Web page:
This page is optimized for a taller screen.
Please rotate your device or increase the size of your browser window.
Six Ways Organizations Can Prevent and Reduce Burnout
May 24, 2022
May is Mental Health Awareness Month, a chance to highlight the importance of mental health. Increasingly, workplace mental health and burnout has become part of this conversation, as evidenced by the Surgeon General’s recent report on Addressing Health Worker Burnout. Burnout is defined as a state of emotional, mental and often physical exhaustion brought on by prolonged or repeated stress.
COVID-19 has exacerbated rates of burnout throughout the country. The American Psychological Association’s 2021 Work and Well-being Survey reported that 79% of respondents experienced work-related stress in the previous month, and 59% reported negative impacts of work-related stress, including lack of interest, motivation, or energy, difficulty focusing, and lack of effort at work.
Programs to support individual resiliency and well-being are a common response to mitigating burnout. However, these initiatives put the onus of burnout on the individual, not the broader structures in place that create a culture of overwork and high stress.
Instead, organizations should consider broader organizational culture and climate changes that can improve the environment to reduce burnout:
Recognize and acknowledge all required tasks and staff responsibilities, and the time it takes to do that work. In some organizations, administrative work or ongoing documentation is required but not included in compensation plans, and often feels like unpaid work to staff.
Consider ways to maximize staff autonomy and control within their roles. For example, let employees give input on job descriptions and allow flexible or staff-created schedules whenever possible.
Be transparent about promotions, pay schedules, and benefits. Creating and using set policies for promotions and pay can increase staff perceptions of equity and fairness across an organization. Encourage staff to use their paid time off – they earned it and should use it to fully disconnect from work.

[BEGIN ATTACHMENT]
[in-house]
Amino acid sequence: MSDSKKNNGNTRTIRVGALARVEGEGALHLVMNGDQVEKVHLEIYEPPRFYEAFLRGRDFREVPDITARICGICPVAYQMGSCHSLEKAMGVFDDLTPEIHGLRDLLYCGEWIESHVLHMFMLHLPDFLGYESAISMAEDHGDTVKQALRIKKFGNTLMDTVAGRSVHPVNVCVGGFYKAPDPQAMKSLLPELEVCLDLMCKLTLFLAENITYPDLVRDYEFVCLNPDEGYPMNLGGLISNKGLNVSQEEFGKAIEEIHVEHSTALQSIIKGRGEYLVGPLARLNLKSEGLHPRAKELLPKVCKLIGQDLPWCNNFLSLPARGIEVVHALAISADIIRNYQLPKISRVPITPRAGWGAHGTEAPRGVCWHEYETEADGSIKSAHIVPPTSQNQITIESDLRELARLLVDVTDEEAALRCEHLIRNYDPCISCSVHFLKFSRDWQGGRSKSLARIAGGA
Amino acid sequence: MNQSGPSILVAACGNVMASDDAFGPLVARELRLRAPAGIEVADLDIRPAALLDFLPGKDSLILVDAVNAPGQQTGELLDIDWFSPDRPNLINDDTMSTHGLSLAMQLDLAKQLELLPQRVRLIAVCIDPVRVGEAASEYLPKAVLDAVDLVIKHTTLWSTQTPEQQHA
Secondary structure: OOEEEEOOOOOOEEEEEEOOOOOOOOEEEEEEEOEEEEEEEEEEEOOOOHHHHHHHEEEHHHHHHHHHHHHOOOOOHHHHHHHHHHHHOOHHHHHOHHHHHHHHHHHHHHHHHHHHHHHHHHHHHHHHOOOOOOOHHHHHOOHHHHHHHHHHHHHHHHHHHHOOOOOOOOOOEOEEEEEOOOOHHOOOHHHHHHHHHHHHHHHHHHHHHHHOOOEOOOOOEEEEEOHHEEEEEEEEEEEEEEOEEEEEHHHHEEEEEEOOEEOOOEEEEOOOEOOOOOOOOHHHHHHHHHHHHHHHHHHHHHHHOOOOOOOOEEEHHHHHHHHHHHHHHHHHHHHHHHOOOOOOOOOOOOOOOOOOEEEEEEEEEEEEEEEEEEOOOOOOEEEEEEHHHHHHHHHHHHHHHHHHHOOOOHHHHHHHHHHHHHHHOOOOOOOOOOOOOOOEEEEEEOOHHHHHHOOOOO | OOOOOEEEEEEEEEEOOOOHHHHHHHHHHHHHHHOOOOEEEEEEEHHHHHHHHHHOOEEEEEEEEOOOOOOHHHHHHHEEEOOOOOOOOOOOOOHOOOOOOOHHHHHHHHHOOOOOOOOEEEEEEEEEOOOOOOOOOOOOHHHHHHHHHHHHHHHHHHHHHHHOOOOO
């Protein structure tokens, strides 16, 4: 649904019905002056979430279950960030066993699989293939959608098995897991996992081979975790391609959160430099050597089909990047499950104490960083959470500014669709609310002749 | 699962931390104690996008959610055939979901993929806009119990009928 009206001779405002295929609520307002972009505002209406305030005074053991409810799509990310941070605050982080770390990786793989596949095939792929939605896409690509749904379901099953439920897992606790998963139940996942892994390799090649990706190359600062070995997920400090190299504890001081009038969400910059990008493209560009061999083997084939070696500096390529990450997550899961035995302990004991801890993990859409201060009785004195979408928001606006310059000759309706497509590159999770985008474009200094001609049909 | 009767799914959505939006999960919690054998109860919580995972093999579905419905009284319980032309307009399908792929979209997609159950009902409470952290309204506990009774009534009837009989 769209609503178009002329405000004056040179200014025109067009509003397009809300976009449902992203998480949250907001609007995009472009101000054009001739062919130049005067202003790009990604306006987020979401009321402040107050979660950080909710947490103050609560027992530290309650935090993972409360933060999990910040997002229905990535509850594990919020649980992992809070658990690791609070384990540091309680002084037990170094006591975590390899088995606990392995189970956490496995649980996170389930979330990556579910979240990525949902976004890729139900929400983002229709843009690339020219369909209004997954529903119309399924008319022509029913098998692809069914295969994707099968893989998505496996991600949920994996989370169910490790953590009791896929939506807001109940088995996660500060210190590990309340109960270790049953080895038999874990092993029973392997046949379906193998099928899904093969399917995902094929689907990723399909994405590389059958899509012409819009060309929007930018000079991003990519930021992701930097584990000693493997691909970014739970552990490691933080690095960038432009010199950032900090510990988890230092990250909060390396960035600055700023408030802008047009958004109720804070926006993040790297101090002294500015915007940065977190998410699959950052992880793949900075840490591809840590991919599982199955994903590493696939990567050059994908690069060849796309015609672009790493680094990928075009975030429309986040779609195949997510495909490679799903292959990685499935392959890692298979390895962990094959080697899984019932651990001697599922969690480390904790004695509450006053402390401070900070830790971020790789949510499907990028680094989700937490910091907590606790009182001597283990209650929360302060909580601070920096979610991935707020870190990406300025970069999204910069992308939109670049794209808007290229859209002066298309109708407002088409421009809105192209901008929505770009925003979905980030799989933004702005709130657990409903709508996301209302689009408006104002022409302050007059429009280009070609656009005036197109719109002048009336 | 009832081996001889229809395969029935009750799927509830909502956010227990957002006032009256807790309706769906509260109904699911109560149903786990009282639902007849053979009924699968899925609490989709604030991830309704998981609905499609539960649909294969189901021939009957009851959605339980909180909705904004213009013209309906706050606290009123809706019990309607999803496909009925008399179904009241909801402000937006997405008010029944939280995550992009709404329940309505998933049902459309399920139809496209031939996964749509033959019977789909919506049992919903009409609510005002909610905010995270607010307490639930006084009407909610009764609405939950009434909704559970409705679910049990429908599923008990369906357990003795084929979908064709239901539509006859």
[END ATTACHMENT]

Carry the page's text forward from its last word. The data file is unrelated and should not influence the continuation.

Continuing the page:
Cultivate teamwork and shared community. Create avenues for staff to connect and share experiences. It’s especially important that staff are compensated for this time of vital culture-building.
Create avenues for genuine, meaningful staff appreciation. While monetary rewards may not always be possible, other rewards—such as public and private praise, appreciation events, and professional development—provide additional incentives that are intrinsic to staff motivation and morale.
Ensure organizational culture changes align with corporate and employee values. Many staff work in organizations with values that align with their own; aligning organizational changes with shared values may help create and sustain motivation for change.
At Abt Associates, we recognize the need to change our organizational culture and climate to address burnout, both by implementing strategies to reduce overwork and decrease stress. Abt has implemented several policies and practices to improve our global culture and work climate, especially in the face of the COVID-19 pandemic.
At the start of the pandemic, Abt developed a flexible work policy, allowing staff to spread hours across work weeks. For example, if a staff member cannot complete their work hours in a given week, they can flex those hours to the next week to avoid taking paid time off.
When our entire workforce went remote, all staff received a stipend to pay for home office equipment.
Abt’s return-to-work strategy gave all employees the choice between in-person, remote, or hybrid options. For staff who opt to work from home, Abt provided a stipend for supplemental home-office purchases.
After a successful pilot, Abt instituted “no meeting Wednesdays.”
The Wellness@Abt Employee Network Group and Human Resources collaborated to provide more than a dozen events, webinars and other activities focused on supporting employee mental health at work.
To mitigate and reduce high levels of burnout and the impact of the “great resignation,” organizations need to look internally to promote and sustain cultures of wellness, equity, and staff support. These six principles can help companies design meaningful changes to improve employees’ work-life balance and mental health.